Offshore fish farms raise growing list of concerns

The Fish Site
by The Fish Site
19 March 2007, at 12:00am

US - Bill Hogarth, National Marine Fisheries Service (NMFS) director, sees a future where offshore aquaculture complements the commercial fishing industry in meeting the growing demand for seafood in the United States.

Offshore aquaculture cages used by Cates International Inc. in Hawaii.

"We need to stop perpetuating the misconceptions that are circulating about aquaculture," Hogarth said during a teleconference from the International Boston Seafood Show Monday afternoon.

"It is not a competition between wild harvesting and aquaculture. Fishing and aquaculture are complementary technologies," he said, shortly after United States Secretary of Commerce Carlos M. Gutierrez unveiled the National Offshore Aquaculture Act of 2007.

The Bush administration's proposed legislation would open federal waters, from three to 200 miles off the United States coast, to aquaculture operations using large submerged cages and remote control feeding devices to grow fish.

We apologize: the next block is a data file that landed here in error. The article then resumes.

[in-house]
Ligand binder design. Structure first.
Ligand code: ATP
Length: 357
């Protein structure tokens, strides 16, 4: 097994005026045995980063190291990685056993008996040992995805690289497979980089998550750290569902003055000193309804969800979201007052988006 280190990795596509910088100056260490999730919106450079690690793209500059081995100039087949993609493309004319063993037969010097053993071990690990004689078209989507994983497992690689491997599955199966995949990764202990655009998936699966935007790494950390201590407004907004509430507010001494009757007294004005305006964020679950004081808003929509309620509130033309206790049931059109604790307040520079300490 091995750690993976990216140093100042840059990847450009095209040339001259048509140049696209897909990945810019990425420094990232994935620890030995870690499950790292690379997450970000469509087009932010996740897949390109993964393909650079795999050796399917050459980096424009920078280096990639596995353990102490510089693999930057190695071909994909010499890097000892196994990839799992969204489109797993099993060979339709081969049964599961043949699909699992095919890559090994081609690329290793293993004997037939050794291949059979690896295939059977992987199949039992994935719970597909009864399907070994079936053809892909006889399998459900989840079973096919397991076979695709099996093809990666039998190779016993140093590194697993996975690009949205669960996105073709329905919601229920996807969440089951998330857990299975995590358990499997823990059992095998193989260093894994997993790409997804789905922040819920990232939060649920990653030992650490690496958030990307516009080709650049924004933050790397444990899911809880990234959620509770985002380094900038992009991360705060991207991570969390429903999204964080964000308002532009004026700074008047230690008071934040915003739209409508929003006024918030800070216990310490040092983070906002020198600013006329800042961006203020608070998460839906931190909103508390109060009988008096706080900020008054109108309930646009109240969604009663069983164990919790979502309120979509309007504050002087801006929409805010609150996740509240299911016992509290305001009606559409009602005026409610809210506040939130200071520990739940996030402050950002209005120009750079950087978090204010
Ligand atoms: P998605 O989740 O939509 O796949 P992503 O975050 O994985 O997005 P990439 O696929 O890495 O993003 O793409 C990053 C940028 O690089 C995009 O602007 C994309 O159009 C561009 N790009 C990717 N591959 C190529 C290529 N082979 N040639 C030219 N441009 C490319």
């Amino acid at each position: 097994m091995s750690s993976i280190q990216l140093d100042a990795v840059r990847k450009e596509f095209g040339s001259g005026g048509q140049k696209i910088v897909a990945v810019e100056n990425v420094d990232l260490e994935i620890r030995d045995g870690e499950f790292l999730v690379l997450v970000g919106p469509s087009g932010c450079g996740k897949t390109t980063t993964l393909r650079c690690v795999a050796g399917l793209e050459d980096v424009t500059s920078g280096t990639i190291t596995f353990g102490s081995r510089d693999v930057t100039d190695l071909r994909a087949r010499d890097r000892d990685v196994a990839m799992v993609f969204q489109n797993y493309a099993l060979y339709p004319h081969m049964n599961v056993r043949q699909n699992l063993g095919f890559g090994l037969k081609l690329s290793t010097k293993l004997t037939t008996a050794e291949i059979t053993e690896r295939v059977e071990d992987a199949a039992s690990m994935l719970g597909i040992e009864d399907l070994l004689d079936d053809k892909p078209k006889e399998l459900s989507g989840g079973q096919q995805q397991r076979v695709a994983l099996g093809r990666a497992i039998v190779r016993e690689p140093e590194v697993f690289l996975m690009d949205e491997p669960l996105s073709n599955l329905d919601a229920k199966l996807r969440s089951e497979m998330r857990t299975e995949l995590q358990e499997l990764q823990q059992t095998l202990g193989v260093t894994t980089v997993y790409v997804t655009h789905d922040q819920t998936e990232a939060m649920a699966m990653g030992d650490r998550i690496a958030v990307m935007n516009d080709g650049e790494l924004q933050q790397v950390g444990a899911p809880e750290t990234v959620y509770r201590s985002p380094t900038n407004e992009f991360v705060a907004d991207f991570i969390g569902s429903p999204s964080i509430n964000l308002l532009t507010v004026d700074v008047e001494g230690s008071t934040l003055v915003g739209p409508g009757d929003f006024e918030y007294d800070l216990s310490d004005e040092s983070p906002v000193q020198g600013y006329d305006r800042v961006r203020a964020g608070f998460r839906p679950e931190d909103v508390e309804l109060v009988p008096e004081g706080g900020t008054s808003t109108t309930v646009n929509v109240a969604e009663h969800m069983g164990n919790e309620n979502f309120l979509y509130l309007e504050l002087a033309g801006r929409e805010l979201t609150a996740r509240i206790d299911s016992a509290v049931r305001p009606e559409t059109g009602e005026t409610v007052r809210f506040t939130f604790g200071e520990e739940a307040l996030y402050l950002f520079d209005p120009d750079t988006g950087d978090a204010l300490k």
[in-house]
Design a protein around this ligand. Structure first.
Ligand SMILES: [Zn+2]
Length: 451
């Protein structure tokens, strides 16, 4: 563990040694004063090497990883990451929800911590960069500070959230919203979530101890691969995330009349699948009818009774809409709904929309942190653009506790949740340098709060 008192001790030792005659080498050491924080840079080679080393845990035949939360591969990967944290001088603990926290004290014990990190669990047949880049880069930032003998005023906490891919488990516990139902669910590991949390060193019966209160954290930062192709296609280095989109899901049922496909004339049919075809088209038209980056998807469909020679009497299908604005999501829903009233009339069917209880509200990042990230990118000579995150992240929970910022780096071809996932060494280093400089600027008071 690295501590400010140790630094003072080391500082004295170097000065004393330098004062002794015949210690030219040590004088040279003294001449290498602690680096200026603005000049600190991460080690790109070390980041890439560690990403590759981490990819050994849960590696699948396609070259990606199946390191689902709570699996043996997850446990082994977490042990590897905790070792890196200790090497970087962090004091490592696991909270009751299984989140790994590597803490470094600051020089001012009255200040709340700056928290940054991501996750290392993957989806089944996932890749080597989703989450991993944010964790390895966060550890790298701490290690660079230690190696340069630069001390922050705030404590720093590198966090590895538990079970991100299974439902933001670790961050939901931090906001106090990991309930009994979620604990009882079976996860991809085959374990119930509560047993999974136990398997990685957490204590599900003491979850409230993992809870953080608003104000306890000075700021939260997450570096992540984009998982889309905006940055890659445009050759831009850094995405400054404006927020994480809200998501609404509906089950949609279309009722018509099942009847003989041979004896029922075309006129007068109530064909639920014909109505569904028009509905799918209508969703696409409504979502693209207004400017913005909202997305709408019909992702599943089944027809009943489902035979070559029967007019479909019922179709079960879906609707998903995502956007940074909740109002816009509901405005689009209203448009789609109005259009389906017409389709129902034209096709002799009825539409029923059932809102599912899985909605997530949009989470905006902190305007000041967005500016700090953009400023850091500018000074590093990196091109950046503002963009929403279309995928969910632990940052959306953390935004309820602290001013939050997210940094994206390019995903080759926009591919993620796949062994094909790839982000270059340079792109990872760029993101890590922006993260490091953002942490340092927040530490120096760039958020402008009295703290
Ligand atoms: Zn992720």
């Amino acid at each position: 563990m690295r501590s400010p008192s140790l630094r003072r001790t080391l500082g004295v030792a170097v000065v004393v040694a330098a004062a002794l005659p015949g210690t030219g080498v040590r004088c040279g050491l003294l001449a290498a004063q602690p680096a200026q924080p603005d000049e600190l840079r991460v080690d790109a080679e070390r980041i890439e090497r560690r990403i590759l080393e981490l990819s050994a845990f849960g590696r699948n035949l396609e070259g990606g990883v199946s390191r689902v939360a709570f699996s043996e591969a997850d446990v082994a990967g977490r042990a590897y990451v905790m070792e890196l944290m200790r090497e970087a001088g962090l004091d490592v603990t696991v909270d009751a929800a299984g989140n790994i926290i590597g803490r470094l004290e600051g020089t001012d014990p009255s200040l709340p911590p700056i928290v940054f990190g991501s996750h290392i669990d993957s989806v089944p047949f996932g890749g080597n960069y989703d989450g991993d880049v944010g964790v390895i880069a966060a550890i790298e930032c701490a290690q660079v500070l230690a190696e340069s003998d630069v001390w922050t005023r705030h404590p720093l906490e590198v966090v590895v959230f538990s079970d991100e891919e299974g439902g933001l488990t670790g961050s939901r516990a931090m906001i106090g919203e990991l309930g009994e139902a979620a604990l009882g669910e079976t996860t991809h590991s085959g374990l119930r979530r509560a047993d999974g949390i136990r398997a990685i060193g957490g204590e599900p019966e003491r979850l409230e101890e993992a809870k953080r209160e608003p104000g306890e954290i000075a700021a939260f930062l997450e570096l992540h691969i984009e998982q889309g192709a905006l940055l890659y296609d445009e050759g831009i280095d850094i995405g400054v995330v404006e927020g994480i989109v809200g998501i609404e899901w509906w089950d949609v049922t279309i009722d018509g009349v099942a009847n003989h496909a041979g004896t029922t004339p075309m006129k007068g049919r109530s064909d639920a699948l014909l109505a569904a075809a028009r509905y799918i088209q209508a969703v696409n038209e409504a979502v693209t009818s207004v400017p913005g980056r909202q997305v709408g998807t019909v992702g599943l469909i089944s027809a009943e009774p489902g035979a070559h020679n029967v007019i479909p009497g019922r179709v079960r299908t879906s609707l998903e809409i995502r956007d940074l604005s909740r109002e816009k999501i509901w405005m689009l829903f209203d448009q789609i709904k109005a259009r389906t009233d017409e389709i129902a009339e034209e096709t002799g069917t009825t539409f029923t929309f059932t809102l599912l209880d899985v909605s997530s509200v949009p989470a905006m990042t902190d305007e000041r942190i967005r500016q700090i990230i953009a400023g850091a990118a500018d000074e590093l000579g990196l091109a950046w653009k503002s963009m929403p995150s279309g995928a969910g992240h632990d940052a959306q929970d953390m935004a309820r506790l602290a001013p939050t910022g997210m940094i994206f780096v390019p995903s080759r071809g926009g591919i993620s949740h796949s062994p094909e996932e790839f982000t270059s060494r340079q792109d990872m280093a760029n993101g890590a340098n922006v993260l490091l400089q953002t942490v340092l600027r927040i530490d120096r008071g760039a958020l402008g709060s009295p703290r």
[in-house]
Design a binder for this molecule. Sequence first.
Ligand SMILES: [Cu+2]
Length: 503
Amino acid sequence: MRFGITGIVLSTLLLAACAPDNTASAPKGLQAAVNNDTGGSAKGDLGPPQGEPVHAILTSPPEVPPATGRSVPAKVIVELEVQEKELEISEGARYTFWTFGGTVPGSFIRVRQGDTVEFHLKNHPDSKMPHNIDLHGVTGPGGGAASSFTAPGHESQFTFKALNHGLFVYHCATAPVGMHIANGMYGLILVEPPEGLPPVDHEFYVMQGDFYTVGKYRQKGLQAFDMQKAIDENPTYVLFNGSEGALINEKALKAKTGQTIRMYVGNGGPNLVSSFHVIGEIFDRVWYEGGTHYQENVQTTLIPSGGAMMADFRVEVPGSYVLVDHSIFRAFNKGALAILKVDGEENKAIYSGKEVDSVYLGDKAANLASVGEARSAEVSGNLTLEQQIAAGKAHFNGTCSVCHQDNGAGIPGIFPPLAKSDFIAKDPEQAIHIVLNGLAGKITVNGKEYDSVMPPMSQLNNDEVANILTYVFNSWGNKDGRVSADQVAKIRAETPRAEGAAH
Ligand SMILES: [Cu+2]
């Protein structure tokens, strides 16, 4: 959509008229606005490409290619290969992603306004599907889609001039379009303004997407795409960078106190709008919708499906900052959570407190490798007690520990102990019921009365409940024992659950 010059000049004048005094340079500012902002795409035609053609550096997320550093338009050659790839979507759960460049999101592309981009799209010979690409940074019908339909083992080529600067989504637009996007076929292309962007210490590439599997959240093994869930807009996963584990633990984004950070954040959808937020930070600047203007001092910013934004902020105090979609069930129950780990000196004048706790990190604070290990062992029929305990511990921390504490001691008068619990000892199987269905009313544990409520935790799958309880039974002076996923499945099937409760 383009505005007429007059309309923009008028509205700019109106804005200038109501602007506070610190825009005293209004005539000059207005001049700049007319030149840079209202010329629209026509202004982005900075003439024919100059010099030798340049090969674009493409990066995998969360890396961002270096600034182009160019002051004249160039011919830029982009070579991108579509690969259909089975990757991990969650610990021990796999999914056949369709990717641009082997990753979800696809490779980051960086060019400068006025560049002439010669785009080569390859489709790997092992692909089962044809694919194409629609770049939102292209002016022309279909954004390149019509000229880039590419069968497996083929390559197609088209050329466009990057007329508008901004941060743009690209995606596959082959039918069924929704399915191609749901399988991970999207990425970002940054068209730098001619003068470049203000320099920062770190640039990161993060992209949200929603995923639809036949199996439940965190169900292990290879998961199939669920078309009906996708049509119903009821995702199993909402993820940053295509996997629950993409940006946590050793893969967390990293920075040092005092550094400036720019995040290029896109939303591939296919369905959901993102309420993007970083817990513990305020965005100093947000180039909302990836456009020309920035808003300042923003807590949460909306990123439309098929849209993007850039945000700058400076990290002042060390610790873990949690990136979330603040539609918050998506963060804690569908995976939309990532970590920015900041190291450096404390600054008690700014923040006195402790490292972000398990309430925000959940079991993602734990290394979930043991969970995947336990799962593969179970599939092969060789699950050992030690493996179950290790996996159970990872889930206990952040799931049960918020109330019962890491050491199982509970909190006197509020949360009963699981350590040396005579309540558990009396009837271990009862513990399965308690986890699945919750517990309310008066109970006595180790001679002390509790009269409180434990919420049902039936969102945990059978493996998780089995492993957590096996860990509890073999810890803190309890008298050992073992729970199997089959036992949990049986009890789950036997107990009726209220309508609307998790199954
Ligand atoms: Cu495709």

Worldwide, fish farming is a $70 billion industry that has exploded in countries like China, India, Thailand, Vietnam and Ecuador.

More than 80 percent of all seafood consumed in the United States is imported. Shrimp tops the list of imports, while tuna holds the second spot.

Half of the imports coming into the United States come from fish farms.

The Bush administration says that allowing offshore aquaculture will turn the United States into a major player in the farm-raised seafood industry and will reduce the country's annual $8 billion seafood trade deficit.

"With offshore aquaculture, seafood production jobs can stay in the United States," Hogarth said on Monday.

Acknowledging that investments in large-cage offshore operations extend beyond the financial resources of many commercial fishermen, Hogarth noted that researchers are working on developing less expensive technology.

"And, some fishermen could use their vessels to participate in aquaculture between fishing seasons," he continued, adding that aquaculture's "economic ripple effect" will benefit coastal communities.

Still, Outer Banks commercial fishermen predict aquaculture's biggest economic waves will break far from home, leaving wild-harvesters here in the wash of increased marketplace competition.

Source: OUTER BANKS Sentinel